One out of six flights leaves California airports just to go someplace else in California, a “tremendous misuse” of airspace, Morales said. The Authority projects that 200 flights will not be made because passengers will instead be taking the “clean train.” Using the latest technology, recycling, and planting trees will let the construction project be “net zero,” meaning it will emit no greenhouse gases.

Vidak, up for reelection, said in a written statement that the bullet-train “will kill jobs, hopes and dreams. The people of California are demanding and deserve a re-vote on this out-of-control train wreck.”

Private investors from around the world, however, are taking a more positive view. At least nine – including Siemens, AECOM and Vinci Concessions – have expressed interest in the program, interest generated at least in part by the state’s decision to pump more money into the project.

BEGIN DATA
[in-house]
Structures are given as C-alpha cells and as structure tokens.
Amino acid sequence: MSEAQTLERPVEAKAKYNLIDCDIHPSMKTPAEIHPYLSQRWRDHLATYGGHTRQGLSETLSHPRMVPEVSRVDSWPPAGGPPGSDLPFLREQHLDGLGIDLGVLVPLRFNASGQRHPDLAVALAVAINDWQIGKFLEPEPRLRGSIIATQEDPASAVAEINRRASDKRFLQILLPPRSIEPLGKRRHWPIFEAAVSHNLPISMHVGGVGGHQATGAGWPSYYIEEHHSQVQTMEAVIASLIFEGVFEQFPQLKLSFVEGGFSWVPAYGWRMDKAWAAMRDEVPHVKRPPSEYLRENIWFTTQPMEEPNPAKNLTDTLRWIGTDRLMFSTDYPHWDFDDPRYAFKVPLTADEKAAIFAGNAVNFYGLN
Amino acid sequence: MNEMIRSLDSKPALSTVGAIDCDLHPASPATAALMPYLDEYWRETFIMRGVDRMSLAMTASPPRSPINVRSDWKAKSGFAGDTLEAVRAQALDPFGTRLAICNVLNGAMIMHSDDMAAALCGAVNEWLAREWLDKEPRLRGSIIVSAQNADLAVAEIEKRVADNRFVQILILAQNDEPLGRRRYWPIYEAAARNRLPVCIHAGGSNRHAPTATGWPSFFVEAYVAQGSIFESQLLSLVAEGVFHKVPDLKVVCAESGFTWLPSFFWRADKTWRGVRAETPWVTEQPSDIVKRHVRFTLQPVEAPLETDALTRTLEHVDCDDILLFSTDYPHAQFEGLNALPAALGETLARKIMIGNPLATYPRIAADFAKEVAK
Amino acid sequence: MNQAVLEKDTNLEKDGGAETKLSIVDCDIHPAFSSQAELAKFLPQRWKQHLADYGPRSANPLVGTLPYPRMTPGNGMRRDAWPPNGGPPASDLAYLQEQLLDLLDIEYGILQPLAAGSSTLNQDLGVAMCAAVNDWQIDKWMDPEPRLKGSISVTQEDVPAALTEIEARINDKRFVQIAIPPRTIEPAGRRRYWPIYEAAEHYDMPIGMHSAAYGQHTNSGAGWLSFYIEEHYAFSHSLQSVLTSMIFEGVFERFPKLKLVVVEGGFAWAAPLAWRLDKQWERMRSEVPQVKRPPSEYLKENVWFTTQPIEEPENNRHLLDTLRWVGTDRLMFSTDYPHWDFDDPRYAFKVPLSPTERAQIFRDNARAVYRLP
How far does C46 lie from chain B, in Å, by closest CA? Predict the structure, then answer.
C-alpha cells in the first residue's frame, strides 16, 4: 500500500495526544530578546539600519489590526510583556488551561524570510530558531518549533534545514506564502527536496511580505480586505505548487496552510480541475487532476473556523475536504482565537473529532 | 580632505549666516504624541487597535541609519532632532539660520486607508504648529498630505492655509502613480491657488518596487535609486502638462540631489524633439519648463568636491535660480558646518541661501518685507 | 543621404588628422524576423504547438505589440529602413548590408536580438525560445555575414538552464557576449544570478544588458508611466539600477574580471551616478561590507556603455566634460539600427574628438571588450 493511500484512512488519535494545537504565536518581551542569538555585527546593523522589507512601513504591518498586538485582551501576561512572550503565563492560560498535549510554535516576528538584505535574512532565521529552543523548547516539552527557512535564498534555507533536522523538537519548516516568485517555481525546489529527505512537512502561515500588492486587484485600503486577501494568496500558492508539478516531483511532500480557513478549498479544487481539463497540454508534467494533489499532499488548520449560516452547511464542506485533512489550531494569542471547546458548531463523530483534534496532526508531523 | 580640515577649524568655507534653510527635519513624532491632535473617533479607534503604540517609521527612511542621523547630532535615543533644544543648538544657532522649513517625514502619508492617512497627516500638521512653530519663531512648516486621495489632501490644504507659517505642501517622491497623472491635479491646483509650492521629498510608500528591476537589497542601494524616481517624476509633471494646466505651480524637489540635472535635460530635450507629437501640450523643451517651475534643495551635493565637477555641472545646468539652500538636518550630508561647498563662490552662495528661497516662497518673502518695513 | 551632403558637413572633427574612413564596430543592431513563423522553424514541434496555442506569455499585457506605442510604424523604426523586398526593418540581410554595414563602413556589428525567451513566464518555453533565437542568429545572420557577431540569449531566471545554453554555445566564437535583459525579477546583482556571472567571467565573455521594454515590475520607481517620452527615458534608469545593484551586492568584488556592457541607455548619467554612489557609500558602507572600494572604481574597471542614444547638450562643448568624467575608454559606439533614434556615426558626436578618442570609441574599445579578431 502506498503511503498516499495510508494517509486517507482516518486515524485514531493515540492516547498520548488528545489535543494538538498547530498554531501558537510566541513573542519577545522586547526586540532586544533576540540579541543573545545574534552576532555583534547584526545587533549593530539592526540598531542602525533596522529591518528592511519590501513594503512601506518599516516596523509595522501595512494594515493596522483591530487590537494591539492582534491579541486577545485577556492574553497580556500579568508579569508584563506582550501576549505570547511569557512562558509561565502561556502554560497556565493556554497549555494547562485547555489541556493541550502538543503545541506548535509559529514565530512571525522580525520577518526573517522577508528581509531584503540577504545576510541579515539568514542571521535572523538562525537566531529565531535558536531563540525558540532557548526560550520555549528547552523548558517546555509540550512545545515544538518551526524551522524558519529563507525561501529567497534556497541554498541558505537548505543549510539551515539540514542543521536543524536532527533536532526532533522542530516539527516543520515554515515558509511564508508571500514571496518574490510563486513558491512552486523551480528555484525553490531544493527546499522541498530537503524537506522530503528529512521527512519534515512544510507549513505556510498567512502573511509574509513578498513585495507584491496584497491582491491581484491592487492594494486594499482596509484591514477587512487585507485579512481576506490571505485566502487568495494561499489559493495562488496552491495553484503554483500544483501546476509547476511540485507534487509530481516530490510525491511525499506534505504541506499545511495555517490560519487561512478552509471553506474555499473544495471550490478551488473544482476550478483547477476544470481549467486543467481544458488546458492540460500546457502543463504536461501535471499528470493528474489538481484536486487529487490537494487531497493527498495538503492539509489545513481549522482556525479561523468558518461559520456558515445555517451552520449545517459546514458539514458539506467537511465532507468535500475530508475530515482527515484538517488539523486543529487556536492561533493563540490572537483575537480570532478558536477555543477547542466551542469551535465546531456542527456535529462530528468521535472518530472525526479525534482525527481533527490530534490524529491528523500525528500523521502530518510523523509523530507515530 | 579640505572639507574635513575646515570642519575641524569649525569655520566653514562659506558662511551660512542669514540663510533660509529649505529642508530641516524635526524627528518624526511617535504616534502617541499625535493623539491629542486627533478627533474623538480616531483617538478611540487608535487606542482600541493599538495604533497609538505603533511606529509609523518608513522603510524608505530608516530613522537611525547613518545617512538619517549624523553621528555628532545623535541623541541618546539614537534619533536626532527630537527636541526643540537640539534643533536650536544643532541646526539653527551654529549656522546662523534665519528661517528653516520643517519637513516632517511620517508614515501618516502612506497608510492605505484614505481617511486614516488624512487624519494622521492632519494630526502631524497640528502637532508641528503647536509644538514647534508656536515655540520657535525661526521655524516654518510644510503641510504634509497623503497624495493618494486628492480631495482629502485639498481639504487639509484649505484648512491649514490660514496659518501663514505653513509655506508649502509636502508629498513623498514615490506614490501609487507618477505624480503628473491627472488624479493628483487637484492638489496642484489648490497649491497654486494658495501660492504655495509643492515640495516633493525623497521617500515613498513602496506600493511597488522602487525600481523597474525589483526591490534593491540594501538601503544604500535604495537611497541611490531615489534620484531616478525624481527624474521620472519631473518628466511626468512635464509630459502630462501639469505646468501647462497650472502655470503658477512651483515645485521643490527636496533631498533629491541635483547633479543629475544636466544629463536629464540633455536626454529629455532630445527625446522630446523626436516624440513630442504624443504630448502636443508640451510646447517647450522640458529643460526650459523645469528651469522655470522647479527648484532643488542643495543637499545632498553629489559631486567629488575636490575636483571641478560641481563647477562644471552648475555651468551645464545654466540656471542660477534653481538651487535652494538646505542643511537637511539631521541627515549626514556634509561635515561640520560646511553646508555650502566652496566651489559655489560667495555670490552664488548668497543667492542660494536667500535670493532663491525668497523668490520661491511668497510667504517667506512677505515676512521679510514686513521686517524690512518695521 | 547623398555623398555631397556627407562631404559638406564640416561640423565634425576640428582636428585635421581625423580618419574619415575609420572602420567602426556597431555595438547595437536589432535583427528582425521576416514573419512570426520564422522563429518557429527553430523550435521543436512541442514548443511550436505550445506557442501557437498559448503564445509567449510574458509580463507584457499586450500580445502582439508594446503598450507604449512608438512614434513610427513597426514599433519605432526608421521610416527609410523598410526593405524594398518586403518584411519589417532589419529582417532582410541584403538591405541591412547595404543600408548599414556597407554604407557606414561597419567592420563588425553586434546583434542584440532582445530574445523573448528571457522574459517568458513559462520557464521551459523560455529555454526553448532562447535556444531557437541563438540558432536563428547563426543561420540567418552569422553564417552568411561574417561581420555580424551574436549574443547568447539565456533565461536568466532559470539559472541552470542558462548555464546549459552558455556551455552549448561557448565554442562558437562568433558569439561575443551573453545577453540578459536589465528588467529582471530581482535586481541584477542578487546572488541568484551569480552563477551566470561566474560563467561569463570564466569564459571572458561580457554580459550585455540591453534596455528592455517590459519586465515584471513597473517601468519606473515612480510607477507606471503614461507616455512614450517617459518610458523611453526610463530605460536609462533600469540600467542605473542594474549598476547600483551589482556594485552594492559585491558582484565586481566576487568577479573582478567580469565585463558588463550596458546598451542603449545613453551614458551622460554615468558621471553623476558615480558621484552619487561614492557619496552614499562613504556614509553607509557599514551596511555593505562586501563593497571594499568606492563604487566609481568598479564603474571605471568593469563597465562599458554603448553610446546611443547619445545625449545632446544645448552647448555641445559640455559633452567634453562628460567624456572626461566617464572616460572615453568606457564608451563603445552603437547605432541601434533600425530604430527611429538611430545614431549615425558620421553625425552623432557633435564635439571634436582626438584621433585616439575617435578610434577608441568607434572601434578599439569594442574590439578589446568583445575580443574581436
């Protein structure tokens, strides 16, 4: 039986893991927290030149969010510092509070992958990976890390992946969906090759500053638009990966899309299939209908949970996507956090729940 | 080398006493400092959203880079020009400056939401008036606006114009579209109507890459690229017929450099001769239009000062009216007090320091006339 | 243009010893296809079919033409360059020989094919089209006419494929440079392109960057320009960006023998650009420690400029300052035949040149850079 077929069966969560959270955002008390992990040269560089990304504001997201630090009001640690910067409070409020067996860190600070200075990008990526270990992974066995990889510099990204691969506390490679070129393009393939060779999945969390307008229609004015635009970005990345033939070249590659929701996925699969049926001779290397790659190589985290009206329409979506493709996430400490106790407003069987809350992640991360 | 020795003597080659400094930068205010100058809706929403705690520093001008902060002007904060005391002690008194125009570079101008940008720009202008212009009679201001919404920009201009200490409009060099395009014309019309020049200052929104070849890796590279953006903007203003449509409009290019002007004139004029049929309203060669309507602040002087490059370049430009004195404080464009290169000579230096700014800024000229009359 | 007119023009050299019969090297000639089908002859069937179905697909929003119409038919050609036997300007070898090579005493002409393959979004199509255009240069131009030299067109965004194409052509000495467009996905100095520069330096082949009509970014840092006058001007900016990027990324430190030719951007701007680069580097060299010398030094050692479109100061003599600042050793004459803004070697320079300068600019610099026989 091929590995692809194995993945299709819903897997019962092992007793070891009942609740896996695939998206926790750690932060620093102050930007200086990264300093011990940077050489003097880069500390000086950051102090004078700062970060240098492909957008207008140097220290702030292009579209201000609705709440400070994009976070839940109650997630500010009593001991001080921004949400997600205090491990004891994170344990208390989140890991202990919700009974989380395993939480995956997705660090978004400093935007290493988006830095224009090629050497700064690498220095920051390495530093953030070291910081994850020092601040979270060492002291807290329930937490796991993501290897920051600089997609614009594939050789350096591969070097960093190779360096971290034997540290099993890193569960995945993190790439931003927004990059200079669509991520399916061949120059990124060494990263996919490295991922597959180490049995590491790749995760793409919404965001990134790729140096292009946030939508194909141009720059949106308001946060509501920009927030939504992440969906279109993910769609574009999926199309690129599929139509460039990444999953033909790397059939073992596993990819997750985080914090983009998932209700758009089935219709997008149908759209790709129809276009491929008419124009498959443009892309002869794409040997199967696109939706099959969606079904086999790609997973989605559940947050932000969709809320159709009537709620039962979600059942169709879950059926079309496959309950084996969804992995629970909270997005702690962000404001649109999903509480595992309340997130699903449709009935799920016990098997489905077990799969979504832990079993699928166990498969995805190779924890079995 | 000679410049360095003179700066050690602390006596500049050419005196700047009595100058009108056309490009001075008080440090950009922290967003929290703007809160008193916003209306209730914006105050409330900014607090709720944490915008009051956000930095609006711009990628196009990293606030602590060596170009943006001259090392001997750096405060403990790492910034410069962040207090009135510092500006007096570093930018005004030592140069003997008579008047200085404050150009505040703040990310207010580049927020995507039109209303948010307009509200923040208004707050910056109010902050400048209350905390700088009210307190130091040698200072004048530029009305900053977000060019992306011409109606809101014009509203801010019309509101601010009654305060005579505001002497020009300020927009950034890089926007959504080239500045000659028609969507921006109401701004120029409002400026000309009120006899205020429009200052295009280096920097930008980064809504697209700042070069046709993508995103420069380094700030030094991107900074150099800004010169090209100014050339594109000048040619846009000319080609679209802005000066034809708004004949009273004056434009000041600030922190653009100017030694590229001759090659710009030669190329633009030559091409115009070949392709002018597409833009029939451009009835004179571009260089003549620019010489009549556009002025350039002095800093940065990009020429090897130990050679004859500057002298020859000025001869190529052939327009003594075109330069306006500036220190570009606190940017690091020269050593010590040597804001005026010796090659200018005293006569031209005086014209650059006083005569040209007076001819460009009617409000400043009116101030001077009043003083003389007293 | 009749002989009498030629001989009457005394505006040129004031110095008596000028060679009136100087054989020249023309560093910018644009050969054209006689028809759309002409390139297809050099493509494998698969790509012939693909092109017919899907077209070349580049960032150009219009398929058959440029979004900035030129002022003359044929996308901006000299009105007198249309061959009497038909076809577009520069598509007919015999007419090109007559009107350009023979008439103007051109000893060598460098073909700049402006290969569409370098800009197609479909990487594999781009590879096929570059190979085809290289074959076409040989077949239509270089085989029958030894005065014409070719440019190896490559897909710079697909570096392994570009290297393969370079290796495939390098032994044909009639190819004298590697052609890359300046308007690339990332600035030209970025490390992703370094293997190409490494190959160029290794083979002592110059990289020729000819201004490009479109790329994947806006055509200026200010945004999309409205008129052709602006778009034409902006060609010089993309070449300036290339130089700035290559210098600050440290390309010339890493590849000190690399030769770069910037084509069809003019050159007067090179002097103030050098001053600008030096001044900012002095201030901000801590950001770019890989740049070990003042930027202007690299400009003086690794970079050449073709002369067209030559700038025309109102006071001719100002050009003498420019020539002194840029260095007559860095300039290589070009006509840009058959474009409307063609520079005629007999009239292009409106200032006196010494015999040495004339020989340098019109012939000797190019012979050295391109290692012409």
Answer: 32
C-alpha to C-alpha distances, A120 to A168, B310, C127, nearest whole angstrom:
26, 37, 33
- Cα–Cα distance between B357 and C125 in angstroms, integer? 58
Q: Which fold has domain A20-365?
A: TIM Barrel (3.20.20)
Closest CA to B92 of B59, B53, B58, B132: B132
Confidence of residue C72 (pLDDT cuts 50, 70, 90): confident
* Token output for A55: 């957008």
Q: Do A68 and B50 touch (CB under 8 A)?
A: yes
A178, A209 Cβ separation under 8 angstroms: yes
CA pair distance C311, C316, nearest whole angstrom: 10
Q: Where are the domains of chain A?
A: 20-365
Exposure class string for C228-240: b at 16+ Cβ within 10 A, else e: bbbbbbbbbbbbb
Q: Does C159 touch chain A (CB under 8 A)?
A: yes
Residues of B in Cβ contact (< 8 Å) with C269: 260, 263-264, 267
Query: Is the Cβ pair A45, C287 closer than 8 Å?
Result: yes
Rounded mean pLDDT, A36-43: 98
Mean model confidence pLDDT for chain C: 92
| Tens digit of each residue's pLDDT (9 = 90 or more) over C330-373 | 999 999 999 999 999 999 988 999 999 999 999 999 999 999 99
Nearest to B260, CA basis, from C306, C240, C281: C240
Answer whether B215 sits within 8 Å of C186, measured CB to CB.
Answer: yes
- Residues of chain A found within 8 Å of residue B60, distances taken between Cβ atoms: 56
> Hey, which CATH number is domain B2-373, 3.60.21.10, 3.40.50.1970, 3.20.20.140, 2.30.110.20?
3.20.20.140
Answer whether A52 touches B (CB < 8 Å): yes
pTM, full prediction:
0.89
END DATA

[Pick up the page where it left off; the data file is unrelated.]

In 2008, voters approved Proposition 1A, which authorized the sale of $9 billion in state bonds to build the high speed rail and $950 million to improve intercity and commuter rail lines where it connects to the HSR.

The Legislature allocated $4.7 billion of those bond funds in 2012 for the project. The Legislature and governor also have approved $250 million in revenue from the state’s auctions of greenhouse gas-emission credits. Next fiscal year, the bullet train will receive 25 percent of the total cap and trade funds.

Some critics, such as a Kings County group called Citizens for California High Speed Rail Accountability, say the current plan looks nothing like the proposition that voters approved.

Frank Oliveira, co-chairman of the group, contends that voters expected “a bright red Camaro” and instead got a “yellow Fiat 500.”

“You wouldn’t stand for that if you were a consumer,” Oliveira said. “This is the same thing only here we’re talking about billions of dollars.”

Under Proposition 1A, the project would be $45 billion divided between private, state, and federal funds, the entire project – including the Sacramento and San Diego links — is now estimated to cost up to $100 billion, according to a state Senate committee analysis.